23rd March 2024

Saturday night and the Trowbridge Mayor’s annual Civic Dinner, what can I say? It really was a wonderful evening and, without a doubt, the highlight of my Mayoral year so far.

I’ve got to start by thanking all the Civic and Information Team staff here at the Town Council who didn’t just work hard on the night but had worked so hard over the preceding days, weeks, and months to prepare everything for the night. One of the reasons that I believe this year’s Civic Dinner was so successful is that it was very much an “in-house” effort. From the design of the menu cards to the decoration of the venue, the theming of the whole event has been coordinated and driven by a very dedicated, hard-working, and professional team of our Officers who embraced the whole event with enthusiasm and a sense of sheer fun.

Ticket sales had been particularly strong this year, and we knew it was going to be a packed hall full of local residents, businesses, councillors, and (of course) visitors from our twinned town of Leer in Ostfriesland in Germany.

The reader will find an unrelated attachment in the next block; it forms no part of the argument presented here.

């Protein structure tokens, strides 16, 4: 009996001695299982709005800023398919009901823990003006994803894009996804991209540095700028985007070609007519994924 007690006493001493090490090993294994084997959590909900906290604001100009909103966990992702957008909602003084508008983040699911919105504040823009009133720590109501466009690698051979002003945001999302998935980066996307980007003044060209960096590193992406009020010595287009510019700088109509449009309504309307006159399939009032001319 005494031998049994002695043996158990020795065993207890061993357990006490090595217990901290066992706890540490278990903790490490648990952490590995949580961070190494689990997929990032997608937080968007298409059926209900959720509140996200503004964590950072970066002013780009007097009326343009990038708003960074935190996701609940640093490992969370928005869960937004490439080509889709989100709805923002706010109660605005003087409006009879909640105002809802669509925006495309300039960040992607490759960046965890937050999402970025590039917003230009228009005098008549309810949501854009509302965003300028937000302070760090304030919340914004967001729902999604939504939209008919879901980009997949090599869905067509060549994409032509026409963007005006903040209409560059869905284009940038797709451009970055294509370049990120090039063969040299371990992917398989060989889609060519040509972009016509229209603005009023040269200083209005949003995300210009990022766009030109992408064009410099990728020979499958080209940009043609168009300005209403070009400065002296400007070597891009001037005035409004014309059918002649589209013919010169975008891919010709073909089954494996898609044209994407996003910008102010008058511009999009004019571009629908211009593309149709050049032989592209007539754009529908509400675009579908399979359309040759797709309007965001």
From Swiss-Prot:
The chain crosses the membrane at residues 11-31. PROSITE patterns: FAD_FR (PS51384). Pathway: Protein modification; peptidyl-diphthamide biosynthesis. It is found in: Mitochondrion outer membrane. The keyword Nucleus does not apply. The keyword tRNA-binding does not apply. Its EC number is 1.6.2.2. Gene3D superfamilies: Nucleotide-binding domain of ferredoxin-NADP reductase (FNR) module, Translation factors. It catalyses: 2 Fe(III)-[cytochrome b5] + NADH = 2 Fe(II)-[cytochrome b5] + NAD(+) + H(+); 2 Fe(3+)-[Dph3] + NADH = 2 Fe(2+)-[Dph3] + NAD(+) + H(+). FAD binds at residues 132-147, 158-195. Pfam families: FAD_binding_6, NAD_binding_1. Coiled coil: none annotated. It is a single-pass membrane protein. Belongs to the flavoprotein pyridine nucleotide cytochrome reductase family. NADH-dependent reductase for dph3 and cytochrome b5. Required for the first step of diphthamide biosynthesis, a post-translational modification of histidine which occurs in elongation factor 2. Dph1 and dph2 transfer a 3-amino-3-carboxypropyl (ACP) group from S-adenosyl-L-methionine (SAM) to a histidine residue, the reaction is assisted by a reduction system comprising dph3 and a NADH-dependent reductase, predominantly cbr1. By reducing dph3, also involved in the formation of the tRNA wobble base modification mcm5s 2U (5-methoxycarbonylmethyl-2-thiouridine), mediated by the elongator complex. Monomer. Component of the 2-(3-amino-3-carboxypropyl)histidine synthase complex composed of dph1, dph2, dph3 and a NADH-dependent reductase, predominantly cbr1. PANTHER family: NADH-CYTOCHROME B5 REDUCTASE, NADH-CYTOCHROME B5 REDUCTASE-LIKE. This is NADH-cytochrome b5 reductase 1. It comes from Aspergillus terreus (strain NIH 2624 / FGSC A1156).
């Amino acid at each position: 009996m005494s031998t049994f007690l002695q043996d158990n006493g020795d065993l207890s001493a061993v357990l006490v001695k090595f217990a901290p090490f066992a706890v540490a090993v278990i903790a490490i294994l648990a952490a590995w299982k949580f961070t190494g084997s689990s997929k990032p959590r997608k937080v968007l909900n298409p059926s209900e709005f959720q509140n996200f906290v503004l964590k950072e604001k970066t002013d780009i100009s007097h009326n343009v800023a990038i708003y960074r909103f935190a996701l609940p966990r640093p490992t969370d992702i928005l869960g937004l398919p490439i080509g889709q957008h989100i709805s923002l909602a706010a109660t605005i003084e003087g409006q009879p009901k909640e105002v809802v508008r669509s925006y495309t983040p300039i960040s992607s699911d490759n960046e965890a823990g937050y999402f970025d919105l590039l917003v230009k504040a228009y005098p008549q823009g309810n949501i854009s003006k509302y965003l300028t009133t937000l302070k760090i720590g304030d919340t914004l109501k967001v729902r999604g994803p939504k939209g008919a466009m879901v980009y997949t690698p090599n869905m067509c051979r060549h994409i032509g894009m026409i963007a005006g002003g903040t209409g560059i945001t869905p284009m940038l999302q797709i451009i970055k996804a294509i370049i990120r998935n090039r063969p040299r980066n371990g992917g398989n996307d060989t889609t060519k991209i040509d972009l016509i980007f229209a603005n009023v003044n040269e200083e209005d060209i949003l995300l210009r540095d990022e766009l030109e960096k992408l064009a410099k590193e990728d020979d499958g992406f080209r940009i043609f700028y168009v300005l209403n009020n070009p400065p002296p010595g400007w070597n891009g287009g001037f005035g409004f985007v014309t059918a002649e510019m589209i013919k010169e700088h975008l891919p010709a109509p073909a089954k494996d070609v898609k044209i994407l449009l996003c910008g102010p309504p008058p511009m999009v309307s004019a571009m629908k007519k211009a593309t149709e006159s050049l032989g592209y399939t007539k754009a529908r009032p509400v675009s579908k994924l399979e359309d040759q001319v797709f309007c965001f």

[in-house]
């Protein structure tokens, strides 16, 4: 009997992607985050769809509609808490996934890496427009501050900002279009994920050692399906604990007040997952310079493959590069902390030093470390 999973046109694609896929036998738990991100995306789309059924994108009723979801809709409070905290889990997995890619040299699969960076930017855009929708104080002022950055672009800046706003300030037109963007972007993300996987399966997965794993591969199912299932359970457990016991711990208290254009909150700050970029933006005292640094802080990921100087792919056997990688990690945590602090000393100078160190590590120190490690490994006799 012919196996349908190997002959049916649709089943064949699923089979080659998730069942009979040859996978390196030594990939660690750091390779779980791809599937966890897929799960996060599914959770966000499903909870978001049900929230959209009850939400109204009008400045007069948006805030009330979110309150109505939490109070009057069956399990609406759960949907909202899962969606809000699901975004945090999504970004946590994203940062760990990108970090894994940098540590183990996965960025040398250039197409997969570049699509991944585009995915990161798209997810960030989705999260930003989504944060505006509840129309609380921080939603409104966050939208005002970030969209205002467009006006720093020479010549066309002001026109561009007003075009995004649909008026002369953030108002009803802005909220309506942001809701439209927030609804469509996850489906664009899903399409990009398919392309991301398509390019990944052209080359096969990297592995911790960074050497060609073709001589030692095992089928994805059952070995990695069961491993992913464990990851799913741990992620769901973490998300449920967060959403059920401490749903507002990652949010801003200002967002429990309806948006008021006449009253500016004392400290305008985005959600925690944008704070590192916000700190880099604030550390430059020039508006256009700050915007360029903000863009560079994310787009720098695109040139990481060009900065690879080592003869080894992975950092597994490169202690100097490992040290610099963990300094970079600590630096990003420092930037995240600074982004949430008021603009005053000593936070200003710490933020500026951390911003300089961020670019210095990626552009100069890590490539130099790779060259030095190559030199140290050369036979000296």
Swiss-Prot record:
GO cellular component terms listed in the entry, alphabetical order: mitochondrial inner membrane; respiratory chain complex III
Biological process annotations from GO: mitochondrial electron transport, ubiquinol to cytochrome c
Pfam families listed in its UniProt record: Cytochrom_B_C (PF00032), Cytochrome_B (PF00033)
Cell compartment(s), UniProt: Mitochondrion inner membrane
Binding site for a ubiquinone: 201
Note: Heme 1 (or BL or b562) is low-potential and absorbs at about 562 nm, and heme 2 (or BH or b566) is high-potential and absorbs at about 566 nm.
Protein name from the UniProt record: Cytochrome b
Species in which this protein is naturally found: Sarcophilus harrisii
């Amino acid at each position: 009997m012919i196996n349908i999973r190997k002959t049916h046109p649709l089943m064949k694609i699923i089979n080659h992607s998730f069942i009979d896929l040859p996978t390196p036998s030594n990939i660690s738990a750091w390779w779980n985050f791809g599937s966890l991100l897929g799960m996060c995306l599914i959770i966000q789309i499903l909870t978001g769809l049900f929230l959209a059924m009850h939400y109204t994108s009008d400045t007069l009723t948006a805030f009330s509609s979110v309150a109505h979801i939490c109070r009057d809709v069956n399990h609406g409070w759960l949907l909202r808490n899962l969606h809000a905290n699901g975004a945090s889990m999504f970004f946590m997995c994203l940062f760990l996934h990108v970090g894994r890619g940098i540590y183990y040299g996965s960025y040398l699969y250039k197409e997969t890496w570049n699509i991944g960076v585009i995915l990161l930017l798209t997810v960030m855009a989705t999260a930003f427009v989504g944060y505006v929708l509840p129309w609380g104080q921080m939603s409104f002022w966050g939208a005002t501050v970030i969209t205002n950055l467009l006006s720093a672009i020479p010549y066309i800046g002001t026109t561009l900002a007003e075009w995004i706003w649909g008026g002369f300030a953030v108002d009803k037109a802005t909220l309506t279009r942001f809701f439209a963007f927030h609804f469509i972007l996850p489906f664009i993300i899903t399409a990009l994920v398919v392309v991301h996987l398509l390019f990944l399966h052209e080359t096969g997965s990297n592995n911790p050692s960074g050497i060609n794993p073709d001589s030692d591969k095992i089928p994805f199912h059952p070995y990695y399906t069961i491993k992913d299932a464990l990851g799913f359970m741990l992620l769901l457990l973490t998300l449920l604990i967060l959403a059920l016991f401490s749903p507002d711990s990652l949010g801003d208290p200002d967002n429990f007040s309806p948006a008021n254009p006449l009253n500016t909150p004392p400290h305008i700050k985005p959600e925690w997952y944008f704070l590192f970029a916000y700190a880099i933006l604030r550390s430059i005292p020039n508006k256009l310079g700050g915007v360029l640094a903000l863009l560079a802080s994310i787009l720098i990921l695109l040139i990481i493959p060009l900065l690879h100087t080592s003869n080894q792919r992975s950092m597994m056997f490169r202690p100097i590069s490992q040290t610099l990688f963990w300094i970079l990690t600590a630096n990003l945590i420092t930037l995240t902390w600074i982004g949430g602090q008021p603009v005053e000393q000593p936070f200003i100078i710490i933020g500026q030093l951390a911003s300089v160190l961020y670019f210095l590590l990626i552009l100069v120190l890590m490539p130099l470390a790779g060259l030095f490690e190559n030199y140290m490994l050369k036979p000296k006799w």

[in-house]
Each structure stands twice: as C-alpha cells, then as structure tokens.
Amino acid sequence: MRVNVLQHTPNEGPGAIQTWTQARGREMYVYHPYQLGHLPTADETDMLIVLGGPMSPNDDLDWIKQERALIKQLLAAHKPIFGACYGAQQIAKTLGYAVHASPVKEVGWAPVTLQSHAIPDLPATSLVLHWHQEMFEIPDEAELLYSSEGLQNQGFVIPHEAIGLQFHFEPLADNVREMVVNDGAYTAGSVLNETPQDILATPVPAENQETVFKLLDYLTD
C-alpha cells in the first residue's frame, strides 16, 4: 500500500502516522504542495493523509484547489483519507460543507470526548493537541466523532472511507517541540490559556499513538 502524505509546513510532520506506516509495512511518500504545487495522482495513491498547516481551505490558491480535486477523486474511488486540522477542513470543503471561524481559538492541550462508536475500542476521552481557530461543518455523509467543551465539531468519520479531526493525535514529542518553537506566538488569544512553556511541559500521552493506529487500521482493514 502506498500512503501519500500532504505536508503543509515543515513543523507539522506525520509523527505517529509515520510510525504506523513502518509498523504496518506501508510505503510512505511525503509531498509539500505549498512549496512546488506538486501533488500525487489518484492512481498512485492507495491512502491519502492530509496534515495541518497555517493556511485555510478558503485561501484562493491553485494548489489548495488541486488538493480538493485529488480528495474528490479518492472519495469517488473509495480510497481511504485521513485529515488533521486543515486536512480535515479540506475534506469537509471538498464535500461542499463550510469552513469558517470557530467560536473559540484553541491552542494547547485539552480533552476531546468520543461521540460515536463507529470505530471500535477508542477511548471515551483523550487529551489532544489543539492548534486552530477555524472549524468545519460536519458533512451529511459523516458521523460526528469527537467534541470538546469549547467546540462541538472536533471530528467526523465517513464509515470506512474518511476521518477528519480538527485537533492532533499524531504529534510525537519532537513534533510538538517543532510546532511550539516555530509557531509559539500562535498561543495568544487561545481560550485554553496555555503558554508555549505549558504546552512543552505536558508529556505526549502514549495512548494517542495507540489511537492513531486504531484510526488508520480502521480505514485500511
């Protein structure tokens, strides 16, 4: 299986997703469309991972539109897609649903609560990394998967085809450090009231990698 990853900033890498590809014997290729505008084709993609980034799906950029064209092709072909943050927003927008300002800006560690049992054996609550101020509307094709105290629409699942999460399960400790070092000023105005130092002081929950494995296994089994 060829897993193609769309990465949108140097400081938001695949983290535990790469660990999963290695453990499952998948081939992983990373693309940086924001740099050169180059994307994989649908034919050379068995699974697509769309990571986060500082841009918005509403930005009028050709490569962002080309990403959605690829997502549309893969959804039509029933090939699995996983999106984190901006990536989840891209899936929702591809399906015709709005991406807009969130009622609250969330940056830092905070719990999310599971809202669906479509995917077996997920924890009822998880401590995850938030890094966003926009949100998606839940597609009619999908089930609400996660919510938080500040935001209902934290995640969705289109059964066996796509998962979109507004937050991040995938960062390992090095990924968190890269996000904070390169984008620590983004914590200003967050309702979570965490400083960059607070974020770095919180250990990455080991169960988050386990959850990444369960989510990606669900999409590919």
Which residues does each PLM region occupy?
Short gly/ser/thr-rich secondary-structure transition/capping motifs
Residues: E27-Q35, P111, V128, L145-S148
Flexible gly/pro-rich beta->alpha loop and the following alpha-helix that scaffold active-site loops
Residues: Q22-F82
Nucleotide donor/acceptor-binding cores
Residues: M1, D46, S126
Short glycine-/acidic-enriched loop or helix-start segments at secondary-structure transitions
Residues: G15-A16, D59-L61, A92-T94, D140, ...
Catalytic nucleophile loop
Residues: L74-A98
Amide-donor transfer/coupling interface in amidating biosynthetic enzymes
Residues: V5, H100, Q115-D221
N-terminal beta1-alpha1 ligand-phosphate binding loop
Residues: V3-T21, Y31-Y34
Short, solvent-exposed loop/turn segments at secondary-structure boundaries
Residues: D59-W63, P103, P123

Our relationships with our twinned towns have always been important to me. We are very lucky in Trowbridge that our Town Council has signed twinning charters with four communities across Europe and North Africa.

Towns and cities in Germany, France, Poland, and Morocco have tied the twinning knot with Trowbridge. but I think it’s safe to say that our civic links with Leer in particular have led to a genuine and lasting friendship between our two communities.

I was incredibly happy, therefore, that the leader of Stadt Leer Council, Herr Hauke Sattler, along with four of his fellow councillors and friends—our friends—came to Trowbridge from Leer to my Civic Dinner on Saturday.